HUFF CATES, NANCY SAPHRONIA - Perry County, Arkansas | NANCY SAPHRONIA HUFF CATES - Arkansas Gravestone Photos

Nancy Saphronia HUFF CATES

Antioch Cemetery
Perry County,

Nancy Saphronia Huff
Birth: 1853
Benton County, Arkansas
Death: 1878
Perry County, Arkansas

Nancy was one of 17 survivors of the Mountain Meadows Massacre that occured on September 11th, 1857, near Cedar City, Utah, where over 120 brave souls from Northwest Arkansas, members of the Fancher/Baker wagon train headed for California, were slain by local Mormon settlers and their Indian allies.
She was the daughter of Peter and Salidia Brown Huff of Benton County, Arkansas. Her father, Peter, died of a spider bite before reaching Mountain Meadows and was buried near Fort Bridger, Wyoming.
After the massacre, Nancy, who was 4, lived in the home of Mormon John Willis in Cedar City. Later, she moved with the Willis family to Toquerville. Nancy returned to Benton County and later went to Tennessee to live with her grandfather Alexander Brown. By 1875, she was married to Dallas Cates and living in Yell County, Arkansas.
Seventeen stones were shipped from the site in Utah to Arkansas and were incorporated into her memorial.
Nancy recalled the events surrounding the massacre to the Daily Arkansas Gazette, which published her letter on September 1, 1875, as follows:

I am the daughter of Peter Huff; my mother's maiden name was Salidia Brown, daughter of Alexander Brown of Tennessee . I was born in Benton county, Arkansas . in 1853. My father started to move from that county in the spring of 1857, with the ill fated train bound for California . I was then a little past four years old. I can recollect my father and mother very well, as [well as] many little incidents that occurred about that time our travels on the road, etc. I recollect passing through Salt Lake City , and passing through other places, and I recollect we were in a small prairie. One morning before day I was woke up by the firing of guns, and learned that our camp had been attacked, we suppose[d], by Indians. Some of the men folk were wounded. The men dug a ditch around our camp, and fortified [the camp] the best they could. The women and children got in the ditches, and were comparitively [sic] out of danger.

The fighting went on at intervals for six days, when failing to drive our men from their fortifications, the attacking party went off. Soon afterward a party that we thought to be friends came up with a white flag, and said that they could protect us. They said they were our friends, and if we would come out and leave what we had they would take us to Cedar City , where we would be safe, and that they would protect us, and see that none of us were hurt. Our people agreed to this, and all started out, men, women and children, and left everything we had behind. When we had got out a short distance from the wagons, where we had been fortified, we came to a place where tall sage brush was growing on both sides of the road, and as we were passing through this place we found we were trapped, as men had hid in it, and began to shoot among us, and then rushed upon our people from both sides, killing everybody they came to. Capt. Baker had me in his arms when he was shot down, and fell dead. I saw my mother shot in the forehead and fall dead. The women and children screamed and clung together. Some of the young women begged the assassins after they had run out on us not to kill them, but they had no mercy on them, clubbing [them with] their guns and beating out their brains.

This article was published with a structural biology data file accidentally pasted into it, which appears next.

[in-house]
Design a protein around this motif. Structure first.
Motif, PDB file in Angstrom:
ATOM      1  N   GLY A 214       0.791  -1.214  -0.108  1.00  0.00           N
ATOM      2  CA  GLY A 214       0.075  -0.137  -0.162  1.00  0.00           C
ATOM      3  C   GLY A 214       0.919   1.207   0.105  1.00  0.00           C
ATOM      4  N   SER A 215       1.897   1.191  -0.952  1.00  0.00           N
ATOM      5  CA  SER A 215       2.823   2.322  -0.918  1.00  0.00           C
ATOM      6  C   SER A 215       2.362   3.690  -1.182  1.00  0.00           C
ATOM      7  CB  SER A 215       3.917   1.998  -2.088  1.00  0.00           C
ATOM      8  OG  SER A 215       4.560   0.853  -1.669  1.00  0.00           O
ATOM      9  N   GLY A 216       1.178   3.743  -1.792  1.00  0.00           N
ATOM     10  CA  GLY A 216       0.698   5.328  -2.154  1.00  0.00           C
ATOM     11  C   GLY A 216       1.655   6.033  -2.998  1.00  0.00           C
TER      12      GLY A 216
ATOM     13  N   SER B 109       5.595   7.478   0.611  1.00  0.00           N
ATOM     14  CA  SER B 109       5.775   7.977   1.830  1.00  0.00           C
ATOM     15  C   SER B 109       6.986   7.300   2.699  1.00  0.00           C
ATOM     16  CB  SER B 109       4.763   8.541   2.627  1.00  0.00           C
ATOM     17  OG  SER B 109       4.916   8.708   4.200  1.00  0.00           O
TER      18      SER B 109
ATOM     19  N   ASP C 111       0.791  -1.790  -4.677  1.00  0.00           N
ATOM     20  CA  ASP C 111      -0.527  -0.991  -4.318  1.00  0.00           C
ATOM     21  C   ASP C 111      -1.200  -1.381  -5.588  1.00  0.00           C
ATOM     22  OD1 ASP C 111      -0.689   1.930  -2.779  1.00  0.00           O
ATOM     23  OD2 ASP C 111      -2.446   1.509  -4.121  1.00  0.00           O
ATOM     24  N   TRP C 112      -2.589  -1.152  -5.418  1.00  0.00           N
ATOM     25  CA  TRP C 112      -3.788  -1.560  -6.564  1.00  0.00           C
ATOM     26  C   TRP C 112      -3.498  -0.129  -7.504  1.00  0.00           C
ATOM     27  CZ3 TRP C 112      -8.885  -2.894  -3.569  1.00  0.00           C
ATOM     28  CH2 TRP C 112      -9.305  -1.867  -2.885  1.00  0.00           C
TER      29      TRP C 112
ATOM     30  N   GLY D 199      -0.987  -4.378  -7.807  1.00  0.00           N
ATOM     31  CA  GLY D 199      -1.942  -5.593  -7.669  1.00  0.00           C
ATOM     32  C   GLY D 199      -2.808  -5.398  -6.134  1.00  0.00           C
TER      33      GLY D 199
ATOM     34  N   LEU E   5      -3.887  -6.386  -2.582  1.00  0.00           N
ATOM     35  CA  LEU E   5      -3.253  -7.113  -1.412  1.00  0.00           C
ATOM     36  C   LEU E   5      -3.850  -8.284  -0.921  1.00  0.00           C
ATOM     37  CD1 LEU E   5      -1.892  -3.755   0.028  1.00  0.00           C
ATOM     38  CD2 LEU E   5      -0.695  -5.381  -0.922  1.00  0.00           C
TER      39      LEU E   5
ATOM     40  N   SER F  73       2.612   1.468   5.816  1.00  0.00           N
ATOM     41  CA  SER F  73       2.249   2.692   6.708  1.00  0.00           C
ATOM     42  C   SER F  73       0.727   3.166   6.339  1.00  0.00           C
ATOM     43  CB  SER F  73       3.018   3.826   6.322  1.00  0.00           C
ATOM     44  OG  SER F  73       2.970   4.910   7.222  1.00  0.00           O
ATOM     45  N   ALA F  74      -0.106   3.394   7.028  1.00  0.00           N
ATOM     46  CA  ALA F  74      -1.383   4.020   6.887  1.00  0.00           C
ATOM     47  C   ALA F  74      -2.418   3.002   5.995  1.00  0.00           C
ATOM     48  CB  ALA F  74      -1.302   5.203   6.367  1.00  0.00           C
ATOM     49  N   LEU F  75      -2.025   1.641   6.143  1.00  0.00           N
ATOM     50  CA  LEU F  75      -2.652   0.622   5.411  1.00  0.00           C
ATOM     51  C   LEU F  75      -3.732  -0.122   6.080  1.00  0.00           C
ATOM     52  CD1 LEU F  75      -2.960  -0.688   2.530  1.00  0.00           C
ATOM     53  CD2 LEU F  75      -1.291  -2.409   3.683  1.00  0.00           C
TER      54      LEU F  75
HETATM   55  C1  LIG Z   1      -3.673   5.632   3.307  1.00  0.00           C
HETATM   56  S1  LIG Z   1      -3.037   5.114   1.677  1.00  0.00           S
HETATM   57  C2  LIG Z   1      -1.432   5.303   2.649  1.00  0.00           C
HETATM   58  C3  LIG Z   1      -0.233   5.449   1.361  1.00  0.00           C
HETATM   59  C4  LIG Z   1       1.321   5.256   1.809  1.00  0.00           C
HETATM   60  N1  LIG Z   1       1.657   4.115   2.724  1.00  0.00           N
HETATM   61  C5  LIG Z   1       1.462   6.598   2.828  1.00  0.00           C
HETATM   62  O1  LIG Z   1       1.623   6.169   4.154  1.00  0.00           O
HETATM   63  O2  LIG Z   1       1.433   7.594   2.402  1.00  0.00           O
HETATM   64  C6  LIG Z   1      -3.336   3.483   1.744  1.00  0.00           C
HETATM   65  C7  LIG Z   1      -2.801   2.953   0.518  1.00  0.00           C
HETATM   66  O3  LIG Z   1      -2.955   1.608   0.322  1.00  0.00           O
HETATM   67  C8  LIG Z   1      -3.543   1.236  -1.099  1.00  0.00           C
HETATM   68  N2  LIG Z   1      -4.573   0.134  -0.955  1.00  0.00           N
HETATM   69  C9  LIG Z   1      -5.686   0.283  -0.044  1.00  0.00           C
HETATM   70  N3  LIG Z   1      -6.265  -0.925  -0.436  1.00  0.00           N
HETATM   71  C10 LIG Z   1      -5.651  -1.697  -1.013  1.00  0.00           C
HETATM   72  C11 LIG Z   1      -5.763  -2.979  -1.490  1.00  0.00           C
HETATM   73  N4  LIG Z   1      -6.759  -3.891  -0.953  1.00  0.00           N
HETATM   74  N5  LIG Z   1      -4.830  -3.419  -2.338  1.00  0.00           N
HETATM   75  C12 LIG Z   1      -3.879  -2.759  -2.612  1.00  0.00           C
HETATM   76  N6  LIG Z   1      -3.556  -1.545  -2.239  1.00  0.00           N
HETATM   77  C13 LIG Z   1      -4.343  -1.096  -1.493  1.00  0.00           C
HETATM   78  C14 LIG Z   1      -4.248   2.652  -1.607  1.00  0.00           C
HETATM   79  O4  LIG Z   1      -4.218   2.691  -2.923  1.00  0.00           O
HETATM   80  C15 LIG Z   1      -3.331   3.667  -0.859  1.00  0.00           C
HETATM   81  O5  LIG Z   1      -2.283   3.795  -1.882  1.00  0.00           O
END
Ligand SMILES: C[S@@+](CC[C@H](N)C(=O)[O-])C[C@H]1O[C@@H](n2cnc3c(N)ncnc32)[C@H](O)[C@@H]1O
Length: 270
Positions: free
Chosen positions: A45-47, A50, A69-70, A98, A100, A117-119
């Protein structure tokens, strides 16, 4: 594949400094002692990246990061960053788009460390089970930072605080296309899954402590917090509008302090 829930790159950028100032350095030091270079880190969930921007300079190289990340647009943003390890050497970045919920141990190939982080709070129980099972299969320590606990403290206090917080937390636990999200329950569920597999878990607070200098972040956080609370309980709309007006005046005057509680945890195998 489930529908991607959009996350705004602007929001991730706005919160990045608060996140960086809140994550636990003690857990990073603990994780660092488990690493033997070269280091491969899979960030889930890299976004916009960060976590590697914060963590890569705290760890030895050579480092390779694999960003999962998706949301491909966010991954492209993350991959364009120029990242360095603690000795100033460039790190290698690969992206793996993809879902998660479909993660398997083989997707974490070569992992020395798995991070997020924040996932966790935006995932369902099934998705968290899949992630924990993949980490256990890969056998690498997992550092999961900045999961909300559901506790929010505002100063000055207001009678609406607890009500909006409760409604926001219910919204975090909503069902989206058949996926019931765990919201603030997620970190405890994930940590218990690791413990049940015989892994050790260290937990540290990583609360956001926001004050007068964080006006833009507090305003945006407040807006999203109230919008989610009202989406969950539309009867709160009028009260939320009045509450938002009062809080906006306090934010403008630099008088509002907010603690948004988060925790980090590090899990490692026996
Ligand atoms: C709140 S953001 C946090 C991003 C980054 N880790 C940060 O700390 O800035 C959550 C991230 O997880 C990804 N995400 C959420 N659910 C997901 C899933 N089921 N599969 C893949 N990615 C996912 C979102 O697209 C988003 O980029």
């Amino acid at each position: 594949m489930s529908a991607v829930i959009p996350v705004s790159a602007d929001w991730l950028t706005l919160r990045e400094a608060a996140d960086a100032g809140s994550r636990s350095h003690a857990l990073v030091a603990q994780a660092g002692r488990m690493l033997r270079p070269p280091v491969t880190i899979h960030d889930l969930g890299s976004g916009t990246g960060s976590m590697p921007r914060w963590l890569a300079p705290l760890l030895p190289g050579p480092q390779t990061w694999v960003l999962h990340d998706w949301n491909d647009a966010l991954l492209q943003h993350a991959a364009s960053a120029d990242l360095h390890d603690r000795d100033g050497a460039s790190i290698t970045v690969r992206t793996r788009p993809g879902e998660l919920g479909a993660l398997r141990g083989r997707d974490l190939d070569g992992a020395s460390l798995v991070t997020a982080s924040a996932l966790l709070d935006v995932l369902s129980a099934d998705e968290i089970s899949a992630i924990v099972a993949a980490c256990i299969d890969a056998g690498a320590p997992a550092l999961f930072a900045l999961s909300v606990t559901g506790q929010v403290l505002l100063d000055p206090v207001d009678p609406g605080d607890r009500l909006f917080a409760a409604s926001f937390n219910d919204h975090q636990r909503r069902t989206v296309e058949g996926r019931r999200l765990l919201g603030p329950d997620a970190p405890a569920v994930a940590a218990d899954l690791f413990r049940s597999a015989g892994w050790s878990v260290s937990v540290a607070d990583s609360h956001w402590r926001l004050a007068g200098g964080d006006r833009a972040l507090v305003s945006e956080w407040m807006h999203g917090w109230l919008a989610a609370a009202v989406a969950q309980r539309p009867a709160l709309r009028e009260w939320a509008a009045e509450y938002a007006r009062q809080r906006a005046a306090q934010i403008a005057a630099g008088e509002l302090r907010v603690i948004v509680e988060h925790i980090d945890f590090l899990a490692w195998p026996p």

Some of the murderers were white men and some I supposed were Indians from their dress. At the close of the massacre there was eighteen children still alive, one girl, some ten or twelve years old, they said was too big and could tell, so they killed her, leaving seventeen. A man, I afterwards learned to be named John Willis, took me in his charge (the children were divided) and carried me to his house next day in a wagon; he lived at Cedar City and was a Mormon; he kept me there that winter. Next spring he moved to a place called Topersville [Toquerville]. I stayed there about a year, until Dr. Forney had us children gathered up and carried us to Santa Clara, from there we went to Salt Lake City and remained two months, from there we came back to the states. I know that most of the party that did the killing were white men. The Mormons got all the plunder. I saw many things afterward.

John Willis had, in his family, bed clothes, clothing, and many other things that I recognized as having belonged to my mother. When I claimed the things, they told me I was a liar, and tried to make me believe it was the Indians that killed and plundered our people, but I knew better, because I recollected seeing them kill our folks, and knew many things that they carried off that I saw in their possession afterward. I saw Willis during the massacre; he carried me off from the spot; I could not be mistaken. Living with him made me know him beyond a doubt. I saw them shoot the girl after we were gathered up. I had a sister that was nearly grown, and four brothers that they killed. I was the youngest child of our family, the only one that was spared. They kept the children all separated whilst we remained with them. The scenes and incidents of the massacre were so terrible that they were indelibly stamped on my mind, notwithstanding I was so young at the time.

Contributed on 11/4/08 by fergie71742
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Record #: 93489


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Submitted: 11/4/08 • Approved: 11/5/08 • Last Updated: 7/26/12 • R93489-G93488-S3

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